There are many suggested training regimens that vary the load weight, the number of repetitions, and the rest intervals between sets. While each has its proponents, the end results may depend more on your dedication to your workouts.
The weights workout for muscle hypertrophy should be vigorous, with the number of repetitions kept at the low to medium end of the scale between 8 and 12 repetitions. (The RM is the repetition maximum, which means the most weight you can lift for this number of reps before fatigue.) If you go higher than this, say 15 to 20 repetitions to a set, or more, you are getting into the range where you would probably be better off doing cardio because the return on effort – the energy burn, is better spent jogging, cycling, stepping or rowing. At that number of repetitions, you won’t build much muscle either, so very high-repetition training with small weights has minimum value.
For the sake of simplicity, we apply some basic rules that will allow for safe and effective results.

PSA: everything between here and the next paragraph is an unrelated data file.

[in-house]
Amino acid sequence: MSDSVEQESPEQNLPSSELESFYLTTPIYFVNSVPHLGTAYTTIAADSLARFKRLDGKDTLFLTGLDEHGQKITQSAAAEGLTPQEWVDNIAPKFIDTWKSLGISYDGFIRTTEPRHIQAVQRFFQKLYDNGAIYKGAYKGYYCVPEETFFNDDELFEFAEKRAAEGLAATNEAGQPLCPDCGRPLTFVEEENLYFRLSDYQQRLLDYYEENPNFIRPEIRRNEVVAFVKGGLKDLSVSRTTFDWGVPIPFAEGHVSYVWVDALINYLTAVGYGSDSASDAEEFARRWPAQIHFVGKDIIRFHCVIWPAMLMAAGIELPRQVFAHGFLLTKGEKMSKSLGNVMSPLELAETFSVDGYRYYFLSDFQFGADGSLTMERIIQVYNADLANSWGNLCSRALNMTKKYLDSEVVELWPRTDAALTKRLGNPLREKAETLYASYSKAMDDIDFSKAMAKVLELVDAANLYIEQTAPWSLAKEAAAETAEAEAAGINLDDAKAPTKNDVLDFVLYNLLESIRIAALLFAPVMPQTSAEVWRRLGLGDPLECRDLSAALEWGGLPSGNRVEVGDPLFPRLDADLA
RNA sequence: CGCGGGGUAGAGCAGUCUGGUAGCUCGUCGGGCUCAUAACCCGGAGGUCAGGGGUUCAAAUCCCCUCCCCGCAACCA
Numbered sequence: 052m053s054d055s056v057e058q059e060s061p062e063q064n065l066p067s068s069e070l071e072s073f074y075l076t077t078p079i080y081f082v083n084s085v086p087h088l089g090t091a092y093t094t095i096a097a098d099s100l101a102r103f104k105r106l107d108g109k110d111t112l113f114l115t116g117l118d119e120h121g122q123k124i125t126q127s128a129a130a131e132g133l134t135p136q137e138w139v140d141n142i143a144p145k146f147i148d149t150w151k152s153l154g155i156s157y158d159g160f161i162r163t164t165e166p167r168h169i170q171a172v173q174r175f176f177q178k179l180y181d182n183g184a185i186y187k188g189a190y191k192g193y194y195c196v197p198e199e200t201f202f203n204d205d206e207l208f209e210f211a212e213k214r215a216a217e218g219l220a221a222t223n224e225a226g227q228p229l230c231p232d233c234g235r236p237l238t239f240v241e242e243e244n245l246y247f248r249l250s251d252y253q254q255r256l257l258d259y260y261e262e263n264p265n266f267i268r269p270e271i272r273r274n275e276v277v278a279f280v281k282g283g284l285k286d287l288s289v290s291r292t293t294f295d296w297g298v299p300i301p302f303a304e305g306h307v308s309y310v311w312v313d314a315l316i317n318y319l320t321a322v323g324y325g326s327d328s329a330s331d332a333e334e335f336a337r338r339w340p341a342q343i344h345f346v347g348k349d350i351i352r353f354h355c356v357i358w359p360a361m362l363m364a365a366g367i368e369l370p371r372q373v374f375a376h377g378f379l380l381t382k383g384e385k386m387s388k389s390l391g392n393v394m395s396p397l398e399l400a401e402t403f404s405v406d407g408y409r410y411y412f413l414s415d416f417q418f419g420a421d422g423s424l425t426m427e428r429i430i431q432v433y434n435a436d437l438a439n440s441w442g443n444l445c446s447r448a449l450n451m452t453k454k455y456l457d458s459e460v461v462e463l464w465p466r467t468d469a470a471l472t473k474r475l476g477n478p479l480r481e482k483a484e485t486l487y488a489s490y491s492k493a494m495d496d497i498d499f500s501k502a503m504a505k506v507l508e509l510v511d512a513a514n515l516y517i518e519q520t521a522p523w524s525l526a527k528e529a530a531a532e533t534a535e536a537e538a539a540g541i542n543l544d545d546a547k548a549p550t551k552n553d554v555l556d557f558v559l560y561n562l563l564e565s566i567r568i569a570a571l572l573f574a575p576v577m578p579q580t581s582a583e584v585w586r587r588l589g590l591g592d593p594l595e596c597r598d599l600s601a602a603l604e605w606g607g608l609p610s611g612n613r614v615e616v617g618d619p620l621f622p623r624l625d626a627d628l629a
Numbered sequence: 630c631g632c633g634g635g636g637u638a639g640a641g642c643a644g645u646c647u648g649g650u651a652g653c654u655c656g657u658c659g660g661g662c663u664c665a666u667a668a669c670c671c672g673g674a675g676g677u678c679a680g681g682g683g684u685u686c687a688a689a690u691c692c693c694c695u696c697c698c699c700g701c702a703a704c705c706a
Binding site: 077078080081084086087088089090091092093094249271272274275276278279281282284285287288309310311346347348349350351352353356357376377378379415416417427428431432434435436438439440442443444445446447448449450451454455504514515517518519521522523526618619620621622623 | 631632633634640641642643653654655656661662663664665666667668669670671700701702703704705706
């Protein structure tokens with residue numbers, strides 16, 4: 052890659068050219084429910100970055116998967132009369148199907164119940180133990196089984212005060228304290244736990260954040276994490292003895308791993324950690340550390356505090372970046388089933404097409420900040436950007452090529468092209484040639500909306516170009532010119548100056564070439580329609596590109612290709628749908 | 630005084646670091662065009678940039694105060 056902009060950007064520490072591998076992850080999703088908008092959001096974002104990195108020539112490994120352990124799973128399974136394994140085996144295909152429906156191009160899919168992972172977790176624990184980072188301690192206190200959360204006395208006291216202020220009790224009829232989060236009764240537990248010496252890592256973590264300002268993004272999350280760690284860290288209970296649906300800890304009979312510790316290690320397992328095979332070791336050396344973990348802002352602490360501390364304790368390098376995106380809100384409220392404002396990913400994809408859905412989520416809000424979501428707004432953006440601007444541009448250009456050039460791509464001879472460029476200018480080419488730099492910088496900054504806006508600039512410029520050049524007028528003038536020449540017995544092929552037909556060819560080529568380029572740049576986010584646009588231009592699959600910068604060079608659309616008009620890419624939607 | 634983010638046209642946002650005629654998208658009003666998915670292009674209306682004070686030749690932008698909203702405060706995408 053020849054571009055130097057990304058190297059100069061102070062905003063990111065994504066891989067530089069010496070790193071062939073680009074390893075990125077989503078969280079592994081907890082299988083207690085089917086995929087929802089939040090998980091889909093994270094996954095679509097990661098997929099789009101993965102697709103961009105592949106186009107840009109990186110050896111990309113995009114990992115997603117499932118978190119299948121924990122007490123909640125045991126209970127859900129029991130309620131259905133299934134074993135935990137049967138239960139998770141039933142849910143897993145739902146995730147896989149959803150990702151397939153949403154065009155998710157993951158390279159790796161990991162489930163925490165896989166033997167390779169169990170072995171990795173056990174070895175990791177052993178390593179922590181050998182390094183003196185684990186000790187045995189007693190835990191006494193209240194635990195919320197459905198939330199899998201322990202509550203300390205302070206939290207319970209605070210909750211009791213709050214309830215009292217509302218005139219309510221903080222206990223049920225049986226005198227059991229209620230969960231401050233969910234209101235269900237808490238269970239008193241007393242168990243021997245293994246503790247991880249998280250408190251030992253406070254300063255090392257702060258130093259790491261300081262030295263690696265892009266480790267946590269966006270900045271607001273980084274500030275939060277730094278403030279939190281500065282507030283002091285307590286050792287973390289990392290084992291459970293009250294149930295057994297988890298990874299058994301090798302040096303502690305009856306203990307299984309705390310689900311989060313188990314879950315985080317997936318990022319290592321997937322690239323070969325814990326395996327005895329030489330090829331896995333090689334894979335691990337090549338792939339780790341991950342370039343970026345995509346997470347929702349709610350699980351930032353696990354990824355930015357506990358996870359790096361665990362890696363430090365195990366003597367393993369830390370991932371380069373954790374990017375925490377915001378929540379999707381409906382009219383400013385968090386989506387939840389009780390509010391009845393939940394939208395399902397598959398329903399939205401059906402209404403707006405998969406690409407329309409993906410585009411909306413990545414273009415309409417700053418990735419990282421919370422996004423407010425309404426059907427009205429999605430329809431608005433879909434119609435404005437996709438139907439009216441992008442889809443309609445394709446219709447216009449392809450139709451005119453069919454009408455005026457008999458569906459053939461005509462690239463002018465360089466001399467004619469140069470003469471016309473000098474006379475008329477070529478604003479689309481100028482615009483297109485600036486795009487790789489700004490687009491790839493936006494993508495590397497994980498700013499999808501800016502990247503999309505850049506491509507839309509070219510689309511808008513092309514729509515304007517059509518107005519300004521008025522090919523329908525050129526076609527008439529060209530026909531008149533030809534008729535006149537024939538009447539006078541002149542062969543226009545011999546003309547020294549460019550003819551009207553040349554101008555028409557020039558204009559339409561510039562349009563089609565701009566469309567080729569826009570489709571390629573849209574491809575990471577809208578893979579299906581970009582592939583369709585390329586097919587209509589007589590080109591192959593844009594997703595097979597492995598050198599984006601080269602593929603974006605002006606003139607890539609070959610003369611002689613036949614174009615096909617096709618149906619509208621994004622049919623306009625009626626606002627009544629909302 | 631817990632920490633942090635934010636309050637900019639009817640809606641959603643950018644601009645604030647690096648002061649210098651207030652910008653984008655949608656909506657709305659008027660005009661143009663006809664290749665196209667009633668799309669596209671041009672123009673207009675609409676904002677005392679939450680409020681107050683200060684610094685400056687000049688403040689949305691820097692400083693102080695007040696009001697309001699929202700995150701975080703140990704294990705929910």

Reps & load
Choose a load that allows you to perform the maximum reps recommended for that exercise on your first set. On your second, third and fourth set you are likely to perform less reps, which is perfectly fine. Each week you will feel stronger than the week before and perform more reps per set. Once you can successfully perform the maximum reps and sets with that load, it is time to pick up a bigger load the following week.
The importance of training with a stop watch to monitor your rest periods cannot be emphasized enough. The reason why it is so important is to allow you to accurately increase load as and when needed. The longer you rest the more recovery time you give your muscles between sets. This will make it impossible for you to determine your strength gains accurately and increase your load accordingly.